Prediction from CNN's Sam Vinograd: "Based on past behavior, I think Trump may try to present a "partial" pullout scenario whereby he violates the agreement by not certifying but leaves the door open to negotiate during the period in between now AND when sanctions go into effect" [Twitter]
BEHIND THE SCENES -- "Peter Thiel in Eye of Iran Storm as Deadline Looms for Trump" by Jonathan Tirone: "Silicon Valley billionaire -- and Donald Trump supporter -- Peter Thiel has emerged as an unlikely player in the international debate over Iran’s nuclear deal with six world powers. Thiel’s big-data engine, Palantir Technologies Inc., is at the heart of the International Atomic Energy Agency’s system for verifying Iran’s compliance with the landmark 2015 agreement... Thiel... dined at the White House with Trump and the Israeli-born co-chief executive officer of Oracle Corp., Safra Catz, just hours after the president spoke with Netanyahu about Iran on April 4." [Bloomberg]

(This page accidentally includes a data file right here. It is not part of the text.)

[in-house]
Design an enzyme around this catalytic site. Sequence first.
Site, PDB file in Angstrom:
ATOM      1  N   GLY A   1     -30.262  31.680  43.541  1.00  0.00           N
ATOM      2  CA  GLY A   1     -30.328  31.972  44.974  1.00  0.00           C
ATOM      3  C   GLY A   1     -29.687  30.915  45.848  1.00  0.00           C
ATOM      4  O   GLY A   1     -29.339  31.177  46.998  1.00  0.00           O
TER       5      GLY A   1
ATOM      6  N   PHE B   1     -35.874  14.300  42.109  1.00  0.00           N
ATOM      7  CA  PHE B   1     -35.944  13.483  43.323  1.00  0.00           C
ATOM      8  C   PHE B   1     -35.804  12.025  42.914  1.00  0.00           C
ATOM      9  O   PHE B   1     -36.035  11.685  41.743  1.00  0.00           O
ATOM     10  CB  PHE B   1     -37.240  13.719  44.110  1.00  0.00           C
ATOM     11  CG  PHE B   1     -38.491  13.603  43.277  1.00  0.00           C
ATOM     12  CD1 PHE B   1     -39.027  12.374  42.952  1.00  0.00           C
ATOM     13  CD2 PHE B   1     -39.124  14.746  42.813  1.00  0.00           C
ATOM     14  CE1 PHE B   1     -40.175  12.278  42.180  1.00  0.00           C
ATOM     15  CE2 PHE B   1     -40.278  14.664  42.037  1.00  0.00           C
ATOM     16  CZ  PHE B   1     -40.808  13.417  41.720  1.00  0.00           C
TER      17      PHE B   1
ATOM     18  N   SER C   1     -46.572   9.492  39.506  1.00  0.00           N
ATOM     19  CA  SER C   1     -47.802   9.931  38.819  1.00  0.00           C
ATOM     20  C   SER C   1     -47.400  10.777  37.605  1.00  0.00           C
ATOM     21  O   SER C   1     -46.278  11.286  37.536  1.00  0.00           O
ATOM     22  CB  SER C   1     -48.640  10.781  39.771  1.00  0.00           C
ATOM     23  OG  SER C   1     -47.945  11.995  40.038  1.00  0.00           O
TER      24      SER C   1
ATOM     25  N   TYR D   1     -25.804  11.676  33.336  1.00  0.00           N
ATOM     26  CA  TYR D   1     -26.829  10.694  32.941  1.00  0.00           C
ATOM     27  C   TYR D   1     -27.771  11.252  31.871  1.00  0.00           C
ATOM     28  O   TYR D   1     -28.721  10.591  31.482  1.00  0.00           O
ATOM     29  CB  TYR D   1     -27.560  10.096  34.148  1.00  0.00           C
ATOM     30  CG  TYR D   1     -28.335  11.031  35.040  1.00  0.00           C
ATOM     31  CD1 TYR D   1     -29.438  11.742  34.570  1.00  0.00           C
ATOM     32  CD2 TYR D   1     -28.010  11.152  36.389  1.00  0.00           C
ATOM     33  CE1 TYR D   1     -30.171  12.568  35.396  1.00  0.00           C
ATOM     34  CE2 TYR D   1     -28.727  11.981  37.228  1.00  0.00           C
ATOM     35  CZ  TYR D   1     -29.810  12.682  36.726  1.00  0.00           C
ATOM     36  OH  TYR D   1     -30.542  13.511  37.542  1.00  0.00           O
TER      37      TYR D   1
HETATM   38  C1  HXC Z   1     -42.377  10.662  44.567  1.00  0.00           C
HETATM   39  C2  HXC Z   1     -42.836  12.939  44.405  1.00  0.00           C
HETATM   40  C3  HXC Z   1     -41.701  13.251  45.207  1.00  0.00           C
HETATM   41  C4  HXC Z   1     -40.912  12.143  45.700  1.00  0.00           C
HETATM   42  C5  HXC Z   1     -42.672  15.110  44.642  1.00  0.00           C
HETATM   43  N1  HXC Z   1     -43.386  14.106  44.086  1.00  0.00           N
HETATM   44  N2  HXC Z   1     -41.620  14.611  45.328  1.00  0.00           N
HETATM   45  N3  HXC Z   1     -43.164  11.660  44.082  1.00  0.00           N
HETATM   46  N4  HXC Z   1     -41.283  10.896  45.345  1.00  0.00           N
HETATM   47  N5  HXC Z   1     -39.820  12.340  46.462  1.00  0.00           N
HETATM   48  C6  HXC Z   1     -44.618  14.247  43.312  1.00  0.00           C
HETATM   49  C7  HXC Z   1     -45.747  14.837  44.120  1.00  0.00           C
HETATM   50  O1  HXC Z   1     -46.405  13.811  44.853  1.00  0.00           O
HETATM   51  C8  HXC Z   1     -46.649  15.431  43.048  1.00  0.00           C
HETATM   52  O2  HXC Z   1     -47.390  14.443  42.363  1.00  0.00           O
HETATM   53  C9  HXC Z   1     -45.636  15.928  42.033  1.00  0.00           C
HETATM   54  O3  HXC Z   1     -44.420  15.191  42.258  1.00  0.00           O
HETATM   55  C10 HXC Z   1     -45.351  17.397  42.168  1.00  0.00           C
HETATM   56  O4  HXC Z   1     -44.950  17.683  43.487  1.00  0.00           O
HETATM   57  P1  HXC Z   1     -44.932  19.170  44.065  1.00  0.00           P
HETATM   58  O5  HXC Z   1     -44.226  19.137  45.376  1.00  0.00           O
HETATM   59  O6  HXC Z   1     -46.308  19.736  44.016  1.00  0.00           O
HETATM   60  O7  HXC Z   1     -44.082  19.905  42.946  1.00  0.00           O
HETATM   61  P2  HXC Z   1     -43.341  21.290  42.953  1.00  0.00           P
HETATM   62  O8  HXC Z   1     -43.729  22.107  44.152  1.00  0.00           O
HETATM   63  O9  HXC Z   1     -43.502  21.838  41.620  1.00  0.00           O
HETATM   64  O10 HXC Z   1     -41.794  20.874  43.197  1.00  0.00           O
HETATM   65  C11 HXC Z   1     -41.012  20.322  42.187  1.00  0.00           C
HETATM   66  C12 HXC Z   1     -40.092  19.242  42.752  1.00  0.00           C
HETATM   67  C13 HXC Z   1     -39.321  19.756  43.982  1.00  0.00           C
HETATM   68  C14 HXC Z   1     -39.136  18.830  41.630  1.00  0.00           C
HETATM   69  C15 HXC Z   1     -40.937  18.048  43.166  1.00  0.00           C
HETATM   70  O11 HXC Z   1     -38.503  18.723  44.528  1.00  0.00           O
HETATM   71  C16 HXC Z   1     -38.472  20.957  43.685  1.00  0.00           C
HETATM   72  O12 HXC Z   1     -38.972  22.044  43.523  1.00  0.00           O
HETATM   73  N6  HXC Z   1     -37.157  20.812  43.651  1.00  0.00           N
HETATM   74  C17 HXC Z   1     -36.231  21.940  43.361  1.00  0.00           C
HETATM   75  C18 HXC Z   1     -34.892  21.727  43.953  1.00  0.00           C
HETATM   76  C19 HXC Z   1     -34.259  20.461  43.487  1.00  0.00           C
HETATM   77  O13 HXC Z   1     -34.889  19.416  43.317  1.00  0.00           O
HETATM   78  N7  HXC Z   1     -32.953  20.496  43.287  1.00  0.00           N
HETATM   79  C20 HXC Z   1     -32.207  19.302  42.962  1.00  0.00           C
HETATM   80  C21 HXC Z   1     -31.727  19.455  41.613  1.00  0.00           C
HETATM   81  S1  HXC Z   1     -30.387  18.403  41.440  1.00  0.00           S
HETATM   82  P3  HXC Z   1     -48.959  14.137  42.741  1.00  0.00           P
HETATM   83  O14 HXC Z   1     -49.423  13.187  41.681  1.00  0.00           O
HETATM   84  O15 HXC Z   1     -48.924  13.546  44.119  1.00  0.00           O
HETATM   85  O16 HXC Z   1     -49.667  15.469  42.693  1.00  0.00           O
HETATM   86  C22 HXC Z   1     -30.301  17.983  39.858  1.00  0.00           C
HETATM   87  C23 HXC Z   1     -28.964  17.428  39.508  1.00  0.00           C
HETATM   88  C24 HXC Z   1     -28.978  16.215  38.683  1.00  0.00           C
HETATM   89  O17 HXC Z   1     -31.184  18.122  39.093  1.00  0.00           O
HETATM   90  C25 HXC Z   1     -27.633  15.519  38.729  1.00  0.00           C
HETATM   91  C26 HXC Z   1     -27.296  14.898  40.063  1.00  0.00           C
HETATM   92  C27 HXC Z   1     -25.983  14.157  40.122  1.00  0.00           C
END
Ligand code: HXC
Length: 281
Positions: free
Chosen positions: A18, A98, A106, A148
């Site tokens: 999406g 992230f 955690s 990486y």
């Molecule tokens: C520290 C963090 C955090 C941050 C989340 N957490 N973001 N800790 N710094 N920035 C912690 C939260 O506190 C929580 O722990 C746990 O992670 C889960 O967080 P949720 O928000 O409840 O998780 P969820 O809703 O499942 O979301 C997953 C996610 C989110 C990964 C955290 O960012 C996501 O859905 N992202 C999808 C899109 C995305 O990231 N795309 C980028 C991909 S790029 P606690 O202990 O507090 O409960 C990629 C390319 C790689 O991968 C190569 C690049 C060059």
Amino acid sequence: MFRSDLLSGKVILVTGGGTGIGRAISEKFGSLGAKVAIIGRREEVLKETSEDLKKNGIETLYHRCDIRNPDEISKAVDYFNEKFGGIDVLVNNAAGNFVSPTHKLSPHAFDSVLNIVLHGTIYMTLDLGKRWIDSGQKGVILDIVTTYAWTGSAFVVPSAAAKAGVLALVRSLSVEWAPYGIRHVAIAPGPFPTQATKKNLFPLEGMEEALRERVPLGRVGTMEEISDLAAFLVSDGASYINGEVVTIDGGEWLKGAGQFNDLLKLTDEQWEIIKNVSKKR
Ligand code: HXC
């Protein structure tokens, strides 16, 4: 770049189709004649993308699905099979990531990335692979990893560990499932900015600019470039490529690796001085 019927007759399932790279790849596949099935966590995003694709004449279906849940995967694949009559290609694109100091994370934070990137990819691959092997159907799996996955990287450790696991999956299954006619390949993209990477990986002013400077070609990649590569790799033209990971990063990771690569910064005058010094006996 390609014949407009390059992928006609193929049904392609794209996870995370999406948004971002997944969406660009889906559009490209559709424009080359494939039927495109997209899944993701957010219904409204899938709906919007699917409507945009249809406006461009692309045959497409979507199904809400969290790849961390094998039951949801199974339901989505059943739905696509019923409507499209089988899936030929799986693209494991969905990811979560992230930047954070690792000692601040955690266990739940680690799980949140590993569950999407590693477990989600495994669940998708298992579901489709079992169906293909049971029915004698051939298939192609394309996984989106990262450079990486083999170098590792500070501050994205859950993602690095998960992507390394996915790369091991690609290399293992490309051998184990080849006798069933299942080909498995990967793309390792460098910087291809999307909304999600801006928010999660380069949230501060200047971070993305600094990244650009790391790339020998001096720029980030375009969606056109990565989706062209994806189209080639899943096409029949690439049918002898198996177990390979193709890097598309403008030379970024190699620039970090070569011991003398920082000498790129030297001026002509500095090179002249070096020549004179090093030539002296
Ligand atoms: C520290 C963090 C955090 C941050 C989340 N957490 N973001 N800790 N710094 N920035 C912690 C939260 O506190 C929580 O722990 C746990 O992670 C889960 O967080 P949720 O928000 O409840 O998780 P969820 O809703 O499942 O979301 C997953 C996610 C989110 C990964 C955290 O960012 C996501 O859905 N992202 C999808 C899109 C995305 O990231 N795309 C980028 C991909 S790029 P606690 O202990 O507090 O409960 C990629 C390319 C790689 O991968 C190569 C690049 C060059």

VIEW FROM JERUSALEM -- "Israel Security Leaders Split on Netanyahu Approach to Iran Deal" by David Wainer: “The Europeans want to push this off for a few years with the idea that it’ll be fine. It won’t be fine,” said Housing Minister Yoav Gallant, a security cabinet member... Others don’t see the Islamic Republic as the apocalyptic threat Netanyahu does... Netanyahu’s recently retired national security adviser, Yaakov Nagel, downplayed the debate among Israeli security officials, saying “there’s no argument among the security establishment regarding fixing or nixing the deal. There are different views regarding the level of the problem, in terms of what kind of fix would make it better than the alternatives." [Bloomberg]
If Trump credits Israel or Netanyahu for convincing him to pull out of the deal, will that be good or bad for Israel’s long term strategic interests?
Wilson Center's Aaron David Miller: "Short-term it would be good for Bibi politically as it shows he can manage the US. But if the unraveling leads to conflict and it heads south for both Israel and US this will be viewed as Bibi’s biggest mistake. If on other hand Iran over time is weakened in significant ways, people will look back and say he was a genius.”